By Nayaba Arinde
This year’s Black History Month is focusing on the age-old tradition of “Resistance” in the Black community. In the same way Black history is the world’s origin story, it is also 365/6 days of the year.
From the first invasion onto the African shores through and beyond the rebellions on the ships of the enslavers, and their plantations and later buildings, resistance has been seeped into the soil, waters, concrete, and bricks of this nation; indeed, the planet.
“Resistance is not letting anyone define who and what we are,” activist Councilmember Charles Barron told the Amsterdam News. In a time when casual racism and micro- and macro-aggressions are delivered constantly by an entitled segment of the populace, intentionally countering this behavior is also being normalized.
“Resisting is when people of African descent fight for radical systematic change as we develop independent Black leaders fighting against white supremacy,” said Barron.
February is traditionally when corporate entities, like big stores and fast food giants, wheel out their annual Black people-themed merchandise and specials.
Ordinarily detached media platforms suddenly focus on movies, special documentaries, books, and events featuring sanitized, middle America-interpretation–approved historical figures such as Malcolm X, Muhammad Ali, Harriet Tubman, Frederick Douglass, Dr. Martin Luther King, and Madam C.J. Walker.
The grassroots focus is on the likes of Nat Turner, Marcus Mosiah Garvey, Rosa Parks, J.A. Rogers, Sojourner Truth, Fannie Lou Hamer, Shirley Chisholm, Paul Robeson, Angela Davis, and Denmark Vesey.
Pushing against Euro-centric revisionist history, African-centered Black people reflect on continuing to survive the African Holocaust: the Maafa. This is what author and anthropologist Marimba Ani introduced in her 1994 book “Yurugu: An African-Centered Critique of European Cultural Thought and Behavior.” There, she dissected the catastrophe and devastation of 400 years of (Yurugu) European-sponsored enslavement, colonialism, imperialism, Jim Crowism, and cultural, social, and economic oppression.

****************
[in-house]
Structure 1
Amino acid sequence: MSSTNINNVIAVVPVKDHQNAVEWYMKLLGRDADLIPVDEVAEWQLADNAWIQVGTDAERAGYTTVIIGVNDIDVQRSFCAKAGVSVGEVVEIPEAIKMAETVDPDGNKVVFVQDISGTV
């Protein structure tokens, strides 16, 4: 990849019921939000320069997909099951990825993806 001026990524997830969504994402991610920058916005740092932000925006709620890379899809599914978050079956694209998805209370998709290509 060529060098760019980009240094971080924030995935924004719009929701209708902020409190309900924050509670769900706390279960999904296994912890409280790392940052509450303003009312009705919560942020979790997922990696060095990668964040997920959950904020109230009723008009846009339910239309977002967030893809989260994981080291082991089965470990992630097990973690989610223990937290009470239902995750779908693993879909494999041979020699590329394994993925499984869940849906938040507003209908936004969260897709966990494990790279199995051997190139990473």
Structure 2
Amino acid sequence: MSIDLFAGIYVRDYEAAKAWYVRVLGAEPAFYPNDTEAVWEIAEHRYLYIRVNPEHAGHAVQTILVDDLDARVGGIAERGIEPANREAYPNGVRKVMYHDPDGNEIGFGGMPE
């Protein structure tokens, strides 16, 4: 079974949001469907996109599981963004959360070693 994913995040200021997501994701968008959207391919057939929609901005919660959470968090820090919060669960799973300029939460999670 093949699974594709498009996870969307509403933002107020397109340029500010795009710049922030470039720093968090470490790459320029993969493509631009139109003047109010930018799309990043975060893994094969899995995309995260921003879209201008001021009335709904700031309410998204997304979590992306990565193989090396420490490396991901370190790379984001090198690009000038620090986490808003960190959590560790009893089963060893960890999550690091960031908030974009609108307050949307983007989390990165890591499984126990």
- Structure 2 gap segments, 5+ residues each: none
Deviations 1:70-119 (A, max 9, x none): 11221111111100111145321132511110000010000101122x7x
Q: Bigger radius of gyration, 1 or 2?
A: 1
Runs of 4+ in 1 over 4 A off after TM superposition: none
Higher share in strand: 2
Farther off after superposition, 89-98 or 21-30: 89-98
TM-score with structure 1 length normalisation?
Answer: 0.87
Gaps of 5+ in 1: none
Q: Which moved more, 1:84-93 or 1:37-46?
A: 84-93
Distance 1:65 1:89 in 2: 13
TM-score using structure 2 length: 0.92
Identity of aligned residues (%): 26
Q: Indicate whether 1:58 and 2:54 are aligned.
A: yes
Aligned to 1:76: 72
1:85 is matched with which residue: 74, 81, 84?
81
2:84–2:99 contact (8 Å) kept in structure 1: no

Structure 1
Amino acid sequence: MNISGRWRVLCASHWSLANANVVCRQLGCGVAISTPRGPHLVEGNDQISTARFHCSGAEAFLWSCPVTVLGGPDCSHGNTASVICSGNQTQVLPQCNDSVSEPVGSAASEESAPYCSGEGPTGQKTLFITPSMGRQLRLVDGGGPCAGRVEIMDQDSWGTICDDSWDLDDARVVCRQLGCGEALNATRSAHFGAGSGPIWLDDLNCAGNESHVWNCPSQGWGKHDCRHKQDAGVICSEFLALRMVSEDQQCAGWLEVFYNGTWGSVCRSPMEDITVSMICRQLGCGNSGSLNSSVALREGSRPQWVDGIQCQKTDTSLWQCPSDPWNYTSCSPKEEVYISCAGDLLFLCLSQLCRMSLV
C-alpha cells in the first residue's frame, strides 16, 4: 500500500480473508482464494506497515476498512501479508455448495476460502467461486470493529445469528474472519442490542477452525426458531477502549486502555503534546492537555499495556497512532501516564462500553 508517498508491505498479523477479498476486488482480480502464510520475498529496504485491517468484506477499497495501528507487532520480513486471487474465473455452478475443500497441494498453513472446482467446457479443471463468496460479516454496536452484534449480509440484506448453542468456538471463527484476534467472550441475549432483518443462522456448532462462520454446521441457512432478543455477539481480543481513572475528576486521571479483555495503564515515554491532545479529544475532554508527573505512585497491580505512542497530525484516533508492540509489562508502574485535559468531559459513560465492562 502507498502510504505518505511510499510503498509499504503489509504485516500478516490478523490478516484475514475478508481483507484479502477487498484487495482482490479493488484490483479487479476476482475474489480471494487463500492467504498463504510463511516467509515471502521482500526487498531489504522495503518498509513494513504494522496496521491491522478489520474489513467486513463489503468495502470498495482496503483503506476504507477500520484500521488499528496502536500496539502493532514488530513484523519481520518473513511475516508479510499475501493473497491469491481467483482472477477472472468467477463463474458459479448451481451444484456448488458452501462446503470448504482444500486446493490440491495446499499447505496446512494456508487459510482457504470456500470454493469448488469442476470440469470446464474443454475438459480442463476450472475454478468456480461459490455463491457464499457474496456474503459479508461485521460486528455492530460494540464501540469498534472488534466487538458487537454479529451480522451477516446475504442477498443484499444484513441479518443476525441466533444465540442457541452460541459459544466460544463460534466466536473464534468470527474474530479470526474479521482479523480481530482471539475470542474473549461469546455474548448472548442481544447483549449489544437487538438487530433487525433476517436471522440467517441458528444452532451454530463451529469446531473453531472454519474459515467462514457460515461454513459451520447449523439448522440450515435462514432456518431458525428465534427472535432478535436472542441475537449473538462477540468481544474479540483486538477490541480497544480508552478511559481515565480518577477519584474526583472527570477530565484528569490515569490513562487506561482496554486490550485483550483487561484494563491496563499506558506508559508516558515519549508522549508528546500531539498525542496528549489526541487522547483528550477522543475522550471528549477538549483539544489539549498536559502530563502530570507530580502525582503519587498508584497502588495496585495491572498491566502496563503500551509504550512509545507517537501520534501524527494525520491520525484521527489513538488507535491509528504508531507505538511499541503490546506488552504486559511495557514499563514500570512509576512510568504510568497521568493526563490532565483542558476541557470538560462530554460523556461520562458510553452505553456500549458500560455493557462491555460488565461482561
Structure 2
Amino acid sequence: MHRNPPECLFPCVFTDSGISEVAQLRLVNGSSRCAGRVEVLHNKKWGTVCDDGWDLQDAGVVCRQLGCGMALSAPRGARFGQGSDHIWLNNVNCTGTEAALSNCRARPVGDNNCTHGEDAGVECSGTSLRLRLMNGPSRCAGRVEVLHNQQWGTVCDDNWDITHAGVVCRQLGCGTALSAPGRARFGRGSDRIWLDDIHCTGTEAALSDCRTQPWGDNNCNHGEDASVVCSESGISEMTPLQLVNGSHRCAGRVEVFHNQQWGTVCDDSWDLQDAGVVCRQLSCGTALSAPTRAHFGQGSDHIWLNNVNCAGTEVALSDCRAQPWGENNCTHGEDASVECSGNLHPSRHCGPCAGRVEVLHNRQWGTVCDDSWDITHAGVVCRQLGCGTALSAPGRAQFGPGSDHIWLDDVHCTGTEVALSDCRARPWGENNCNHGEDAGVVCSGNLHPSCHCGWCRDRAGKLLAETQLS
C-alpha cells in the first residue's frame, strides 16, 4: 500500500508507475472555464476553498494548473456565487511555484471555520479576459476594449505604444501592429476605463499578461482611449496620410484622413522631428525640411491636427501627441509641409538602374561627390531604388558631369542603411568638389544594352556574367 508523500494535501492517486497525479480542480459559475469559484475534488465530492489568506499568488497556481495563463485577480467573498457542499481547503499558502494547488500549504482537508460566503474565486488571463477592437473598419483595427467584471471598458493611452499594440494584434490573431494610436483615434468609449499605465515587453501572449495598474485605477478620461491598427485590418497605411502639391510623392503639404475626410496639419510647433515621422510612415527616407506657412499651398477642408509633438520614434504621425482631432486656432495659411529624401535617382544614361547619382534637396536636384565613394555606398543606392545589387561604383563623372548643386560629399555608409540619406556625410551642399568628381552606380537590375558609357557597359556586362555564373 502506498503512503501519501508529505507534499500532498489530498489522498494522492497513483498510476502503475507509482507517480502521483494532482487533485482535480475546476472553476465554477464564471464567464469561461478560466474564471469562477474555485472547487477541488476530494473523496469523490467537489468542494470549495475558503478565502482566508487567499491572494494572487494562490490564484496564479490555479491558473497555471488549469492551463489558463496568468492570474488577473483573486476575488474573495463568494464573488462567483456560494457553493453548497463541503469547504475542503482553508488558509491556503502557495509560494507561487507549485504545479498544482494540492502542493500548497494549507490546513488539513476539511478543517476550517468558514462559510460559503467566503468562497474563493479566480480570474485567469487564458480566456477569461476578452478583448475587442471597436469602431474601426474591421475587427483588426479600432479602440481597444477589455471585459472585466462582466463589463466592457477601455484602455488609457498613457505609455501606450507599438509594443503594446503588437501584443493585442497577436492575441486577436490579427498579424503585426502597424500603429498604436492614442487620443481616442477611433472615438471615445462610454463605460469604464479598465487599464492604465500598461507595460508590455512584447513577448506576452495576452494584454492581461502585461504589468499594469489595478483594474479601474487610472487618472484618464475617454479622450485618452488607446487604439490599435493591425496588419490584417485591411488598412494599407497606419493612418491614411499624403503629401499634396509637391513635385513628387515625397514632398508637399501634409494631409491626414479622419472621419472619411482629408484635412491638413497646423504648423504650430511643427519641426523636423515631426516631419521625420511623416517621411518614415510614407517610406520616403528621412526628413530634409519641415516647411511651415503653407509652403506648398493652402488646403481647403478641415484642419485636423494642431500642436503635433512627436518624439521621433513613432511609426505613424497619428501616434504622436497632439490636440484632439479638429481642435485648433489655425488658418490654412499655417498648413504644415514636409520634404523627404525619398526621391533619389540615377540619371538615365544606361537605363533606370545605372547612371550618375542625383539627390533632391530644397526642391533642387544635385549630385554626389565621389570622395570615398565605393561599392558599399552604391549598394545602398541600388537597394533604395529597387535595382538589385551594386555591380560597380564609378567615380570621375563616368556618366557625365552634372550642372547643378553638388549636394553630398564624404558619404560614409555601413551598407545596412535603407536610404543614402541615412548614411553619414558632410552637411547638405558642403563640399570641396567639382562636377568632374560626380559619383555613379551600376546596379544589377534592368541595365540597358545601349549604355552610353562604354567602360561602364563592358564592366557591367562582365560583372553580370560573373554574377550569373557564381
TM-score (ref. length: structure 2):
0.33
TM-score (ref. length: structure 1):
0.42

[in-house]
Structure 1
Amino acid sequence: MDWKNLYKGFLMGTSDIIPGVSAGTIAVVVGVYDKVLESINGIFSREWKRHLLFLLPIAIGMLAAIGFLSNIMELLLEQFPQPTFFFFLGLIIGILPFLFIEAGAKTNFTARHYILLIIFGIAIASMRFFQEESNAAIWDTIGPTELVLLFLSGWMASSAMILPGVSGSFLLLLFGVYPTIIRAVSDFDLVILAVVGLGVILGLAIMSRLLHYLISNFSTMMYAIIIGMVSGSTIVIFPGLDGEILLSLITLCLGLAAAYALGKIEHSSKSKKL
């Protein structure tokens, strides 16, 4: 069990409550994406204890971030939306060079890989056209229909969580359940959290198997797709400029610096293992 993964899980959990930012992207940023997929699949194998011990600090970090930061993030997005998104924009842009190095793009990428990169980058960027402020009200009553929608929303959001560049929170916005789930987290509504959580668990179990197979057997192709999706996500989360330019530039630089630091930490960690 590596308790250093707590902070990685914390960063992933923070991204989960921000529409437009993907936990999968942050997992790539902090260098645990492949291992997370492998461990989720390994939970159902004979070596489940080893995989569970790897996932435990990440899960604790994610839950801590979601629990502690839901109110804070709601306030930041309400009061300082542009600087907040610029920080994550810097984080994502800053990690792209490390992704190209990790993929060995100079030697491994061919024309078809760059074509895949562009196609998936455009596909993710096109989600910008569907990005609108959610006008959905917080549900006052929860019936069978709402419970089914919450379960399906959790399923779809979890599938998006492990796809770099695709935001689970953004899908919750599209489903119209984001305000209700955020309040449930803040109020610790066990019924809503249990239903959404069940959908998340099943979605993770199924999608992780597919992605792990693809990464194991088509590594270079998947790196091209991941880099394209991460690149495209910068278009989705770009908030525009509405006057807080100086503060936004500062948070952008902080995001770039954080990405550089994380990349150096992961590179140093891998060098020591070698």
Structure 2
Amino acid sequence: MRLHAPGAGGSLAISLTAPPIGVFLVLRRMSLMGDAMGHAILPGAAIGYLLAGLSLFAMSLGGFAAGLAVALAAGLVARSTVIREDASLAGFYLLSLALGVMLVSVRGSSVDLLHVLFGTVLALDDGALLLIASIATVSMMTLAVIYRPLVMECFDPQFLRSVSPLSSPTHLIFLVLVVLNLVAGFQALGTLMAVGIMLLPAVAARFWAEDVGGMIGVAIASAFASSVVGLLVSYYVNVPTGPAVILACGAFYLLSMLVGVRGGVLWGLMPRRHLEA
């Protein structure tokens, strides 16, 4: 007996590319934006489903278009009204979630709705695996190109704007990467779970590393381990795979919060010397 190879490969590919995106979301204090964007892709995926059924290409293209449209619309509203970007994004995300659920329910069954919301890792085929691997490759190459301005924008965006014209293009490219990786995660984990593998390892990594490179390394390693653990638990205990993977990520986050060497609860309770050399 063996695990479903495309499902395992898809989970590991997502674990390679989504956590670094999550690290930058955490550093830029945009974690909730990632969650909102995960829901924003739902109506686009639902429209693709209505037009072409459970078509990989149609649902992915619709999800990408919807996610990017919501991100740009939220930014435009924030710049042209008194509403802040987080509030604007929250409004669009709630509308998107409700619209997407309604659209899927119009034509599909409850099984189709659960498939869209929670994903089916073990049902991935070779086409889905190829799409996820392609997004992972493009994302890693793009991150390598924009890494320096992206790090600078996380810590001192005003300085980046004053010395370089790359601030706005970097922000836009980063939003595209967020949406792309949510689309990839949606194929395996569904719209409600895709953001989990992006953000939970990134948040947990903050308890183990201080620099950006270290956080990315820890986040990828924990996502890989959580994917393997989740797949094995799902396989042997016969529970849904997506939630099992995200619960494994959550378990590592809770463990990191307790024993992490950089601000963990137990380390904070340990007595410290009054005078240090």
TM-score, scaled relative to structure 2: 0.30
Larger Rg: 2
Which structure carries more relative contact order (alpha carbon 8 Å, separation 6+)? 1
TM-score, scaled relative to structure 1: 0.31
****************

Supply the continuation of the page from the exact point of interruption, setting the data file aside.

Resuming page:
Trenton-based activist Divine Allah, a Black Panther youth minister and recent city council candidate, told the Amsterdam News, “Observing resistance in Black History Month 2023 means that we must continue to push forward with no holds barred. As Dr. Khalid Abdul Muhammad said, ‘Everything goes on the battlefield.’ No one should tell anyone how to fight against the oppressor. We can’t fight pretty. The ultimate goal is our sovereignty as a people—liberation from the constant daily oppression. We’ve been in the fight since we got here. We can’t let up now—the heat is still on. Many of us don’t understand the intensity of the war, and would rather act like everything is equal, post-racism and all that nonsense. But they show us every day, in every single aspect of life, that we are still under attack. No matter how many award shows, or big sports games, or any other distractions and pseudo-equal representations of comfortability, we must force through the unsophisticated illusion of inclusion.”
Bolstering self-determination worldwide since 1966 is the celebration of Dr. Maulana Karenga’s Kwanzaa—the December-to-January celebration of seven community-affirming principles: the Nguzo Saba, which includes Kujichagulia, Nia, Umoja, and Ujima—self-determination, faith, community and economic unity, and collective work and responsibility.